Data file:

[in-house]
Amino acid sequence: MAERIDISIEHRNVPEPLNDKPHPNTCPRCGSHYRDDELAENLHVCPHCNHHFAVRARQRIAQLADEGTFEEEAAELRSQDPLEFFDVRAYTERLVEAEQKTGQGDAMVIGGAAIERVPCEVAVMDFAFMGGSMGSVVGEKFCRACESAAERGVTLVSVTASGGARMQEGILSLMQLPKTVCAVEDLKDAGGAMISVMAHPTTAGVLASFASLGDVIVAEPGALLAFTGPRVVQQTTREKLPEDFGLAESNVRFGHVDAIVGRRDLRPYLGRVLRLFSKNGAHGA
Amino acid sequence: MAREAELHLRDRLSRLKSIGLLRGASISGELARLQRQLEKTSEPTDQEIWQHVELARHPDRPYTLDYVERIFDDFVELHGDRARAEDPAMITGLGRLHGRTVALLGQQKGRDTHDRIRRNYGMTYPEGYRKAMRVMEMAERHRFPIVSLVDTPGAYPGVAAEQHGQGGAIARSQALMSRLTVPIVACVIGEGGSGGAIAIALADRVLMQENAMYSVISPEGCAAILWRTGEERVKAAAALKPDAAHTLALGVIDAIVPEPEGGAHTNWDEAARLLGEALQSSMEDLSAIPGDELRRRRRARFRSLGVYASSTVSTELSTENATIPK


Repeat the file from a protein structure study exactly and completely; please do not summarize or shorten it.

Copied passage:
[in-house]
Amino acid sequence: MAERIDISIEHRNVPEPLNDKPHPNTCPRCGSHYRDDELAENLHVCPHCNHHFAVRARQRIAQLADEGTFEEEAAELRSQDPLEFFDVRAYTERLVEAEQKTGQGDAMVIGGAAIERVPCEVAVMDFAFMGGSMGSVVGEKFCRACESAAERGVTLVSVTASGGARMQEGILSLMQLPKTVCAVEDLKDAGGAMISVMAHPTTAGVLASFASLGDVIVAEPGALLAFTGPRVVQQTTREKLPEDFGLAESNVRFGHVDAIVGRRDLRPYLGRVLRLFSKNGAHGA
Amino acid sequence: MAREAELHLRDRLSRLKSIGLLRGASISGELARLQRQLEKTSEPTDQEIWQHVELARHPDRPYTLDYVERIFDDFVELHGDRARAEDPAMITGLGRLHGRTVALLGQQKGRDTHDRIRRNYGMTYPEGYRKAMRVMEMAERHRFPIVSLVDTPGAYPGVAAEQHGQGGAIARSQALMSRLTVPIVACVIGEGGSGGAIAIALADRVLMQENAMYSVISPEGCAAILWRTGEERVKAAAALKPDAAHTLALGVIDAIVPEPEGGAHTNWDEAARLLGEALQSSMEDLSAIPGDELRRRRRARFRSLGVYASSTVSTELSTENATIPK